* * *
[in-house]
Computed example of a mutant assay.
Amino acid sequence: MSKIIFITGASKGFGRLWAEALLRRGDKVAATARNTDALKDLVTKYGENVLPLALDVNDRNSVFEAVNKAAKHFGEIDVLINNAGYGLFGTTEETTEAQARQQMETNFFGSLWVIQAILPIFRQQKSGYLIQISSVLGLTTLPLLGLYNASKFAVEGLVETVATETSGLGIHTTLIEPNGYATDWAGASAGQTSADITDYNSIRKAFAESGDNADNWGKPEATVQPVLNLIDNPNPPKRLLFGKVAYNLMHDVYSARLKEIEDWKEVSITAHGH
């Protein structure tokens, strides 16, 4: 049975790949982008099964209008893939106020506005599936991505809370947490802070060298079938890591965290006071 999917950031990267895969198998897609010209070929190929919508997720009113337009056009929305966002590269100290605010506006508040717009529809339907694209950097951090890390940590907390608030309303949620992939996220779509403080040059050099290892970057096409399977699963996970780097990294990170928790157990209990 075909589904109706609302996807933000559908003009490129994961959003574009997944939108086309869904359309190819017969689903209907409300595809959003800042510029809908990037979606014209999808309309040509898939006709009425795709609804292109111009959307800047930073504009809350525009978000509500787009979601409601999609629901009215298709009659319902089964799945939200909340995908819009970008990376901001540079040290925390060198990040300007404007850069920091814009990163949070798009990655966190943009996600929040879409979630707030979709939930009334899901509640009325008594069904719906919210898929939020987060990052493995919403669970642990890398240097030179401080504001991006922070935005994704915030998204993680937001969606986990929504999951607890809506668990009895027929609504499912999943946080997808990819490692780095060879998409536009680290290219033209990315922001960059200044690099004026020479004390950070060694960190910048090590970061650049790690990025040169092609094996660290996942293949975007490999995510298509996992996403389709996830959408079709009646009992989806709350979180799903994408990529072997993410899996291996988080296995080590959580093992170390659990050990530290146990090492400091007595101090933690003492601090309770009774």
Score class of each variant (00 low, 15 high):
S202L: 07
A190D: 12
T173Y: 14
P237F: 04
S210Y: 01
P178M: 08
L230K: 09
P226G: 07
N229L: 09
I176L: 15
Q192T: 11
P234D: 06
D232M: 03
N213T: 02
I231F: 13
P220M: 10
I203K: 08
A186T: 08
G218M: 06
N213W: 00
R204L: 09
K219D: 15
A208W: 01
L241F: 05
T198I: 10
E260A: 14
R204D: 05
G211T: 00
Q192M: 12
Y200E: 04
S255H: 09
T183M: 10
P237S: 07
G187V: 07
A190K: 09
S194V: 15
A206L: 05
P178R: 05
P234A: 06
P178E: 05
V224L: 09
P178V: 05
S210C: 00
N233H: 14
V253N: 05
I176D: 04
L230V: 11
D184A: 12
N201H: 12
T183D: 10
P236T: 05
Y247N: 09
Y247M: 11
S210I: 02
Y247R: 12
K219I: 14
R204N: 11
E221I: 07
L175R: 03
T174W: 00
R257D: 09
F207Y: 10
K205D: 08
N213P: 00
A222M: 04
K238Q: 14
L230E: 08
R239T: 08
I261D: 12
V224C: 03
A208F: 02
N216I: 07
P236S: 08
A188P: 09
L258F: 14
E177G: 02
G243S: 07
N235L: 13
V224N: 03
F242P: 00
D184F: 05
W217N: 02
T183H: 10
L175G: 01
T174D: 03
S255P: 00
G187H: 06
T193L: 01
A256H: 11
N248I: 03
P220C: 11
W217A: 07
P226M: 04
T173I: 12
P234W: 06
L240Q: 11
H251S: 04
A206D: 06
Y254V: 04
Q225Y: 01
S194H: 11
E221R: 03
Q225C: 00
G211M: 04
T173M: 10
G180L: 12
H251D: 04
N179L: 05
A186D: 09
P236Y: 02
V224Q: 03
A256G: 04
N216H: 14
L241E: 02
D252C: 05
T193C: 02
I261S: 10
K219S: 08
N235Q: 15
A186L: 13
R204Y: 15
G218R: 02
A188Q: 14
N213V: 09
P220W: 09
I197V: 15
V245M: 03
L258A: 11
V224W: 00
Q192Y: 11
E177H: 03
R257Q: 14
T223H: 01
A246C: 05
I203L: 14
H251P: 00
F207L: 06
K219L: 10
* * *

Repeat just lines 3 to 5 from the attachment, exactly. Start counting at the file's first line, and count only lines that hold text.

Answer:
Amino acid sequence: MSKIIFITGASKGFGRLWAEALLRRGDKVAATARNTDALKDLVTKYGENVLPLALDVNDRNSVFEAVNKAAKHFGEIDVLINNAGYGLFGTTEETTEAQARQQMETNFFGSLWVIQAILPIFRQQKSGYLIQISSVLGLTTLPLLGLYNASKFAVEGLVETVATETSGLGIHTTLIEPNGYATDWAGASAGQTSADITDYNSIRKAFAESGDNADNWGKPEATVQPVLNLIDNPNPPKRLLFGKVAYNLMHDVYSARLKEIEDWKEVSITAHGH
């Protein structure tokens, strides 16, 4: 049975790949982008099964209008893939106020506005599936991505809370947490802070060298079938890591965290006071 999917950031990267895969198998897609010209070929190929919508997720009113337009056009929305966002590269100290605010506006508040717009529809339907694209950097951090890390940590907390608030309303949620992939996220779509403080040059050099290892970057096409399977699963996970780097990294990170928790157990209990 075909589904109706609302996807933000559908003009490129994961959003574009997944939108086309869904359309190819017969689903209907409300595809959003800042510029809908990037979606014209999808309309040509898939006709009425795709609804292109111009959307800047930073504009809350525009978000509500787009979601409601999609629901009215298709009659319902089964799945939200909340995908819009970008990376901001540079040290925390060198990040300007404007850069920091814009990163949070798009990655966190943009996600929040879409979630707030979709939930009334899901509640009325008594069904719906919210898929939020987060990052493995919403669970642990890398240097030179401080504001991006922070935005994704915030998204993680937001969606986990929504999951607890809506668990009895027929609504499912999943946080997808990819490692780095060879998409536009680290290219033209990315922001960059200044690099004026020479004390950070060694960190910048090590970061650049790690990025040169092609094996660290996942293949975007490999995510298509996992996403389709996830959408079709009646009992989806709350979180799903994408990529072997993410899996291996988080296995080590959580093992170390659990050990530290146990090492400091007595101090933690003492601090309770009774």
Score class of each variant (00 low, 15 high):